When I tell someone my parents are separated I often get a
response such as “Oh I’m sorry”. And what can I say to that?
“Uh – it’s not your fault,” – which is, well, obvious. But
the really annoying thing is, when people say they’re
“sorry”, they often mean they’re sorry for what I’ve
What no one ever thinks of is what you’re going through
now, the practical everyday difficulties, and the stress, of living
in two homes.
It’s the little things. For example, filling in forms.
They often demand your address and home phone number, but with a
meagre one line to print your details, there’s always a
dilemma: what if they call at mum’s while I’m at
Or even worse, if one parent sees the form and finds that the
other parent’s address has been put down. (“I’m not
angry! I just want to know why you don’t feel this is your
And of course there’s the packing. Imagine spending half
your life thinking about what you will need for the next few days,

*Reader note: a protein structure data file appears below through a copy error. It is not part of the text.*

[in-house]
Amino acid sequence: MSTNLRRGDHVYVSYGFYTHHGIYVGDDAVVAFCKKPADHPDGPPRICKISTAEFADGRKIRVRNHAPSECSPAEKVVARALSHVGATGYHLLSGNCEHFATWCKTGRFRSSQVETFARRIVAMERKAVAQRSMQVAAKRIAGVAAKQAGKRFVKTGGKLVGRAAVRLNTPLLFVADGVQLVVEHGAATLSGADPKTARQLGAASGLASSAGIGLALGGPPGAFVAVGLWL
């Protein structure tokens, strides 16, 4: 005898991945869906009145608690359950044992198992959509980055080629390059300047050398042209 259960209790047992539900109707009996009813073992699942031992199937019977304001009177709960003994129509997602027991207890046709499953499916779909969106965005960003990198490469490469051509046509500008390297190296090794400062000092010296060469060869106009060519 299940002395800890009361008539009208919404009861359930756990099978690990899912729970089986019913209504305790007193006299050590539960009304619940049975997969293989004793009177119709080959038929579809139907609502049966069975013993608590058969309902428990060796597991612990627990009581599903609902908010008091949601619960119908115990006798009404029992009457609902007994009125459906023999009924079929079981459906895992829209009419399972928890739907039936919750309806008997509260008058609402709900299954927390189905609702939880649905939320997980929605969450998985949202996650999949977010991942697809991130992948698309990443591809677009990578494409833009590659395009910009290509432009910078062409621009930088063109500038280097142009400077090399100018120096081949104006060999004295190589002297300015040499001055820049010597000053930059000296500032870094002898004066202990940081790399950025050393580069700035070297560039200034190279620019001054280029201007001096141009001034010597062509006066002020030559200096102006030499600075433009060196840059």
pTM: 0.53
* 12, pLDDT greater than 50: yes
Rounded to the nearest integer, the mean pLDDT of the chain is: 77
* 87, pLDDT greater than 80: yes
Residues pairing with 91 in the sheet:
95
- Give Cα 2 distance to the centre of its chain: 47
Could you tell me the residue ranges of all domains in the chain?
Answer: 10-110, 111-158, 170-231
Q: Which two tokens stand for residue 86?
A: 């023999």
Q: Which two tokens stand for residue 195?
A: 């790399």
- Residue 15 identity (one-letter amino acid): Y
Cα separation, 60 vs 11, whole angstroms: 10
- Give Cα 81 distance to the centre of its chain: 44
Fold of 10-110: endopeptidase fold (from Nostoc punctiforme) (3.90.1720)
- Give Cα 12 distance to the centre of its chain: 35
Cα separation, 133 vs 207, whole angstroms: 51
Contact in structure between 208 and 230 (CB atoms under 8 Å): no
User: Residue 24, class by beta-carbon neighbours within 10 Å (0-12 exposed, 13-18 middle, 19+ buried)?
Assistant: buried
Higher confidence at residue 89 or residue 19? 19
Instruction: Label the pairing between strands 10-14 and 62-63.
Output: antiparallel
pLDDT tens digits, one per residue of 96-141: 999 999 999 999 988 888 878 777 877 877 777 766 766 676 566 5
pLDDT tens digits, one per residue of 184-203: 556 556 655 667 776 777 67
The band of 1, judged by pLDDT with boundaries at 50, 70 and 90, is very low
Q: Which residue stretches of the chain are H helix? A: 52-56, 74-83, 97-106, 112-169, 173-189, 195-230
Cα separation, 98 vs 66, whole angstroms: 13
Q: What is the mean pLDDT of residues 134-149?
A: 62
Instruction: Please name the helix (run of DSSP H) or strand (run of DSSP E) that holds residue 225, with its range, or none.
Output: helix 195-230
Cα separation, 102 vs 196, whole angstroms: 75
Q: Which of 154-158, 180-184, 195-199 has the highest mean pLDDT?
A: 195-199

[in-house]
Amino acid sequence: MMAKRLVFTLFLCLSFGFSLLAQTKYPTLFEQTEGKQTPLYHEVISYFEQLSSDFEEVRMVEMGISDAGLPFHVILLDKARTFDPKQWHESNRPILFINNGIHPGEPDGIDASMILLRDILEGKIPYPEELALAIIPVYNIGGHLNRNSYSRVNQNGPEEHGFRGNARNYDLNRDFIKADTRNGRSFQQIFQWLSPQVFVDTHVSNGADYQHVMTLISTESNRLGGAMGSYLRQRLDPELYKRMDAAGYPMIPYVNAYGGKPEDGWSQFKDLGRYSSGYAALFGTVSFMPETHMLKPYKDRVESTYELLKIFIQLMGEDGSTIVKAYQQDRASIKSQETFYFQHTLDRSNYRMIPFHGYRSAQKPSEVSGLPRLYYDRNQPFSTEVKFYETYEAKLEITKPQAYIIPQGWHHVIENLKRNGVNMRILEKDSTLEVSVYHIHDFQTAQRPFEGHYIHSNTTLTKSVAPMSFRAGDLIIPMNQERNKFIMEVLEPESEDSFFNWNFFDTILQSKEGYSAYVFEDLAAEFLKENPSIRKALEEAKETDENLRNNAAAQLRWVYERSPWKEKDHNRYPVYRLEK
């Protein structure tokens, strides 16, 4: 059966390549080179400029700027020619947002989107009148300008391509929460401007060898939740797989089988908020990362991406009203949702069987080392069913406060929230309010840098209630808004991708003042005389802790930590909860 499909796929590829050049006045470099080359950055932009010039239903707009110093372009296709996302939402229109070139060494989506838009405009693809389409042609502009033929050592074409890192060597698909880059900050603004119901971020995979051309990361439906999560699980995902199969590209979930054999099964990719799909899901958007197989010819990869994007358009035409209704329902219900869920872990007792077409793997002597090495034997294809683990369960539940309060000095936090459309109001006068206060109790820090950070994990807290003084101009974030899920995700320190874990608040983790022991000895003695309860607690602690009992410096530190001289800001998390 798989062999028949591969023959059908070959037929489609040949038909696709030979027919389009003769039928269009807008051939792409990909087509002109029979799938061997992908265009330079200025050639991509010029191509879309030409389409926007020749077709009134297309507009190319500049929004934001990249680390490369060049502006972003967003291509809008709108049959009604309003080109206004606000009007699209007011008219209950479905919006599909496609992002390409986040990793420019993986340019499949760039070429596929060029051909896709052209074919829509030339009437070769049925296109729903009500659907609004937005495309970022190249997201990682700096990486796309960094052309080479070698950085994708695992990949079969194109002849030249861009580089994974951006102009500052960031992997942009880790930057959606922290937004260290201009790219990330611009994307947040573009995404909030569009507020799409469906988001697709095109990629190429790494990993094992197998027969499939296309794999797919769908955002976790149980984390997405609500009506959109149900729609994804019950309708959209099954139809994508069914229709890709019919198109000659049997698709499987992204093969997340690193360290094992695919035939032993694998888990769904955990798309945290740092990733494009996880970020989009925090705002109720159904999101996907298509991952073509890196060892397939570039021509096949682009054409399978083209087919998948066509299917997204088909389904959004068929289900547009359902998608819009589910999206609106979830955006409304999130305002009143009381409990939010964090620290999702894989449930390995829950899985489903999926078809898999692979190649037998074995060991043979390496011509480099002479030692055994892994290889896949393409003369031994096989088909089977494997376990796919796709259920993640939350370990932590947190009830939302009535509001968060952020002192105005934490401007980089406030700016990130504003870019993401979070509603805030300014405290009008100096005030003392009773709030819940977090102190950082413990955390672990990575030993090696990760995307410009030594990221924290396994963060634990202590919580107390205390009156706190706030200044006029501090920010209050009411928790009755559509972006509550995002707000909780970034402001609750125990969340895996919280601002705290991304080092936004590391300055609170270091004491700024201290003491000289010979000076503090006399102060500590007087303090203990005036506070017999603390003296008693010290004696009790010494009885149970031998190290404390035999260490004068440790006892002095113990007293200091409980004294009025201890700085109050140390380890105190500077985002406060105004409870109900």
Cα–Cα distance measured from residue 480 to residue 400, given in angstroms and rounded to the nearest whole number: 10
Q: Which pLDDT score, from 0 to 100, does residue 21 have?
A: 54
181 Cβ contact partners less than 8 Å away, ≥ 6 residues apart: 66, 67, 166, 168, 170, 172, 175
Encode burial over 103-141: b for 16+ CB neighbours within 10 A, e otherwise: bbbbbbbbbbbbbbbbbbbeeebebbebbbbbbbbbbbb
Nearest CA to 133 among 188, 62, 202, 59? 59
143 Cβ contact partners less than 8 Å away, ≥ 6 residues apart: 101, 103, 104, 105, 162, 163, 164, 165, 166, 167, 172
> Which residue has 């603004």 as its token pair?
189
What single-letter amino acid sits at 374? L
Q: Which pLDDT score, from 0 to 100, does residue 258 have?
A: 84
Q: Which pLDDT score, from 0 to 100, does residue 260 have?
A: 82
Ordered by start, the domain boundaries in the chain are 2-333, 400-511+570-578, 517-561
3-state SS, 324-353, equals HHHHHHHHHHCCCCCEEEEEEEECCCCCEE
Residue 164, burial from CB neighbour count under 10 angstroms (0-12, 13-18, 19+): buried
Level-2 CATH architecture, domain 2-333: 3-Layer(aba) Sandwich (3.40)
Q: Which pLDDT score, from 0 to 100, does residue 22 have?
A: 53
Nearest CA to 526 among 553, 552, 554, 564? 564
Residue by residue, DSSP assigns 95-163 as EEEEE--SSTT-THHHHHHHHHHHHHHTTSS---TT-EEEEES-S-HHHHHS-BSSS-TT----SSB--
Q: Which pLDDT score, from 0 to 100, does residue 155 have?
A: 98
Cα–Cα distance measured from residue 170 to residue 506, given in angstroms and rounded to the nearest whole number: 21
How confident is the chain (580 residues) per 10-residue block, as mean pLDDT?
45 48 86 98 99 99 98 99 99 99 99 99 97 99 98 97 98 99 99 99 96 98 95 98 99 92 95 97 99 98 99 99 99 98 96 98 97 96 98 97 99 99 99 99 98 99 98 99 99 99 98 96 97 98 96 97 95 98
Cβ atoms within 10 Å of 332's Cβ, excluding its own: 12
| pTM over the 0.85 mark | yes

and trying to cram it all into a suitcase. And if you do forget
something, it is usually preferable to struggle on without it for a
few days than to go and retrieve it. Because that would mean seeing
your parent’s delighted smile at the sight of you, then
watching their face fall to hear that you’ve “just popped
round to pick something up” and no, you’re not staying.
Finally there’s the whole experience of settling down in
one house, with one atmosphere, one set of rules, and one parent
just to be ripped up and deposited somewhere else a few days
So next time you hear that someone’s parents are separated
and you feel you want to say something more than “Oh” (which would
probably suffice from their point of view) I would suggest
“Gee, bet forms are a real hassle for you, huh?” or “All that
packing you have to do must really suck”.
Because, believe me it’ll probably go down a lot better
than “I’m sorry”.